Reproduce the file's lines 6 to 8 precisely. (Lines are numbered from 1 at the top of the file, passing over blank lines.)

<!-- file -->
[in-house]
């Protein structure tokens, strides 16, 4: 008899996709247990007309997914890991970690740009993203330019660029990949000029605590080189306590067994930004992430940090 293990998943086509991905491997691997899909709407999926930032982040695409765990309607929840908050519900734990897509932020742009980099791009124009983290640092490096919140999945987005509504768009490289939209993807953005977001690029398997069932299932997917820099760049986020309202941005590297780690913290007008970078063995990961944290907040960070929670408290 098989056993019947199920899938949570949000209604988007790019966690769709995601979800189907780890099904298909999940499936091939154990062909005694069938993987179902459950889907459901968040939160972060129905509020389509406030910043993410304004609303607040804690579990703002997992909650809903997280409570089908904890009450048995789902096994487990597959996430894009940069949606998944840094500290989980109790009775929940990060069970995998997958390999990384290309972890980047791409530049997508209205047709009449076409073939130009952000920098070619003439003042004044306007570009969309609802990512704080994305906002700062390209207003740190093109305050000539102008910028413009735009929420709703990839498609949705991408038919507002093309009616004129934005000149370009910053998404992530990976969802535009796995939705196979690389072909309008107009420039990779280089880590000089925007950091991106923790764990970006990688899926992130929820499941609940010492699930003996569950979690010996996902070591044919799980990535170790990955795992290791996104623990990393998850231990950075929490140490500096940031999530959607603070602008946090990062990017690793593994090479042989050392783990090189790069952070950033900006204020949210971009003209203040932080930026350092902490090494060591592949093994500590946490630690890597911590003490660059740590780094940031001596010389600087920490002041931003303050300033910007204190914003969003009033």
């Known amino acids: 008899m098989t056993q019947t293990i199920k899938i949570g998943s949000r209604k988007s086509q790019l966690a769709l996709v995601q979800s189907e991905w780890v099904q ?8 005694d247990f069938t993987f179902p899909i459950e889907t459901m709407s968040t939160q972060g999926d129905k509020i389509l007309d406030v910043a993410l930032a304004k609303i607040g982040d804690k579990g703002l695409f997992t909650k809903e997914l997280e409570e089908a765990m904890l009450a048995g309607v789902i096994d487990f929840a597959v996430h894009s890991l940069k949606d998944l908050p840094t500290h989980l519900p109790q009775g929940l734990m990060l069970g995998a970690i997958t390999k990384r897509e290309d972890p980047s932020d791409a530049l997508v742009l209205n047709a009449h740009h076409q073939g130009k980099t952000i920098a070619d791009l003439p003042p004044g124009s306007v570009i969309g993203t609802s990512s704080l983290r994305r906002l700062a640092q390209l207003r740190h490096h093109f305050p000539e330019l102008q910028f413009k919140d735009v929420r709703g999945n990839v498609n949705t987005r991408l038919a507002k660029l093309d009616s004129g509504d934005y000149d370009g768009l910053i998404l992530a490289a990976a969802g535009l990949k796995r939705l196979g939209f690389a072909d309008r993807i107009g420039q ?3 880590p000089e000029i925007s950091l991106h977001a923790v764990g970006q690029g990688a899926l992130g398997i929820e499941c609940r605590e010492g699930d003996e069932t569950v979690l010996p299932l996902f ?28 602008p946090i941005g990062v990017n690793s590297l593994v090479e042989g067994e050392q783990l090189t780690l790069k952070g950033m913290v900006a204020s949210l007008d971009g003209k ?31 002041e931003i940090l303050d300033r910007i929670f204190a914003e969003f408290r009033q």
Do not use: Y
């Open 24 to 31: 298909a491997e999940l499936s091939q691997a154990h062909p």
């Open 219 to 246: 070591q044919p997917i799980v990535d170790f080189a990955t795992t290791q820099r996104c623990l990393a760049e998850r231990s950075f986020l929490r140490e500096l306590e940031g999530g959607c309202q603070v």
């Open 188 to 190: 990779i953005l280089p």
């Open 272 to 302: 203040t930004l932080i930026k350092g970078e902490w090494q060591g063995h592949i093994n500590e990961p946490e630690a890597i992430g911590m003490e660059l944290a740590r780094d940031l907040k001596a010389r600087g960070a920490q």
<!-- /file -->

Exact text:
């Open 219 to 246: 070591q044919p997917i799980v990535d170790f080189a990955t795992t290791q820099r996104c623990l990393a760049e998850r231990s950075f986020l929490r140490e500096l306590e940031g999530g959607c309202q603070v």
């Open 188 to 190: 990779i953005l280089p």
């Open 272 to 302: 203040t930004l932080i930026k350092g970078e902490w090494q060591g063995h592949i093994n500590e990961p946490e630690a890597i992430g911590m003490e660059l944290a740590r780094d940031l907040k001596a010389r600087g960070a920490q």